Canada reportedly intends to deliver the equipment, Reuters and a Ukrainian news site have reported
The Ukrainian government is pressuring Canada not to return a gas turbine to Russia that could boost the supply of Russian fuel to Germany, Reuters and a Ukrainian news site have reported. Kiev argues the precedent would erode anti-Russia sanctions.
Previously, Russian gas monopoly Gazprom reduced the flow through the Nord Stream pipeline to 40% of capacity, claiming that Germany failed to return a Siemens gas turbine from maintenance in Canada. The crucial piece of equipment had become stuck due to Ottawa’s sanctions against Russia.
According to sources in the Ukrainian government cited on Thursday and on Friday by Reuters and the Ukrainian news website Evropeyskaya Pravda, Kiev was informed that Canada had decided to return the turbine. Officials in Ukraine argued that it was a bad move.
“If, God forbid, this decision is approved, we will undoubtedly appeal to our European colleagues that their approach must be reassessed,” a source in Ukraine’s Energy Ministry was quoted as saying by Reuters. “Because, if countries do not follow decisions they have agreed about sanctions, how can we talk about solidarity?”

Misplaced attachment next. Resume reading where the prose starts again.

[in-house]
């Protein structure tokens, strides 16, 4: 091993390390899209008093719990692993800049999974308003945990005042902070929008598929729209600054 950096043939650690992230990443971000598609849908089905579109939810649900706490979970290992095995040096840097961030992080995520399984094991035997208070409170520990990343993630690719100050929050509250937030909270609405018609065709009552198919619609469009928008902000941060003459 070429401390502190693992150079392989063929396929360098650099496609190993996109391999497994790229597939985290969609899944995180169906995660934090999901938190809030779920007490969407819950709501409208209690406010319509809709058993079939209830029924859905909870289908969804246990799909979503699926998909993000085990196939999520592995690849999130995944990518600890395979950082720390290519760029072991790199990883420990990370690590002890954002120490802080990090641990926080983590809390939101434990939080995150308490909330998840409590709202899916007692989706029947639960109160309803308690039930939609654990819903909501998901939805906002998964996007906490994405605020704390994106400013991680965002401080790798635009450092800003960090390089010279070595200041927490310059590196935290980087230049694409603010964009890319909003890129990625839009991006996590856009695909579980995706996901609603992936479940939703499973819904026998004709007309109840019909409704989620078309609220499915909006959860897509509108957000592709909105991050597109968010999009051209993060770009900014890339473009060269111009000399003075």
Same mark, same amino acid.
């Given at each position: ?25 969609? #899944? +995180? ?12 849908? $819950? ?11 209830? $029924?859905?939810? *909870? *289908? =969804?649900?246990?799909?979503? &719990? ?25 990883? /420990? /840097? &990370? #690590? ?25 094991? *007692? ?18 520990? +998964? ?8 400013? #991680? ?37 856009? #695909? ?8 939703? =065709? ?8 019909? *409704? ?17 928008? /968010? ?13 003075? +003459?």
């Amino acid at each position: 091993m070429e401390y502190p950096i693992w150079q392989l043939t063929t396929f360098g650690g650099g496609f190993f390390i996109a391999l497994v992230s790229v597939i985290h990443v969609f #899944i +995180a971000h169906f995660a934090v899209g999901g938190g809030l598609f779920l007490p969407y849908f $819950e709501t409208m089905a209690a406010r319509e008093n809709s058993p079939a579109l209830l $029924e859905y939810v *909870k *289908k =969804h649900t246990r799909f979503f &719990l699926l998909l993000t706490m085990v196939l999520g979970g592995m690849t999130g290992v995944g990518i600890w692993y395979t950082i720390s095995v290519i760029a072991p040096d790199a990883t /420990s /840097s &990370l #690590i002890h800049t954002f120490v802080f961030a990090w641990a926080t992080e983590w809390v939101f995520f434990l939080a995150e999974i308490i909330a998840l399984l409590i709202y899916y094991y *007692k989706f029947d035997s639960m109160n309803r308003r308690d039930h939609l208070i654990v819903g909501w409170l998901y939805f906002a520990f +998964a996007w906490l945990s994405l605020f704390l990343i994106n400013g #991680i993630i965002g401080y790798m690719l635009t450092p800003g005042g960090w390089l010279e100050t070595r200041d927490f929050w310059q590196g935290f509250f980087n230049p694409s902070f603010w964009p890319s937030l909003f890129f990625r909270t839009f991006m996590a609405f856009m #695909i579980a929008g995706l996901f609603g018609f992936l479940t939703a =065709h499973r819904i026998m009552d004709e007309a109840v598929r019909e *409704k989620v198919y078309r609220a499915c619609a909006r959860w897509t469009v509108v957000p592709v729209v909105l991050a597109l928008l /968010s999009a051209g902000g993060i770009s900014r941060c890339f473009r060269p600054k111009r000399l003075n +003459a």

Both outlets said Ukrainian Energy Minister German Galushchenko had lobbied Canada not to return the turbine, claiming that Russia could ramp up gas supplies to Germany. The Ukrainian newspaper said the minister had sent a two-page letter to his Canadian counterpart, Jonathan Wilkinson, on June 22, in which he explained that more Russian gas could be pumped through Ukraine.
Kiev is concerned that by bowing down to what it considers Russian energy blackmail, Canada would set a bad precedent for the Western sanctions regime.
Germany activated the second phase of its gas emergency plan after Russia reduced supplies through Nord Stream. Berlin reportedly asked Ottawa to return the turbine before 10 days of scheduled maintenance starts on the pipeline next week.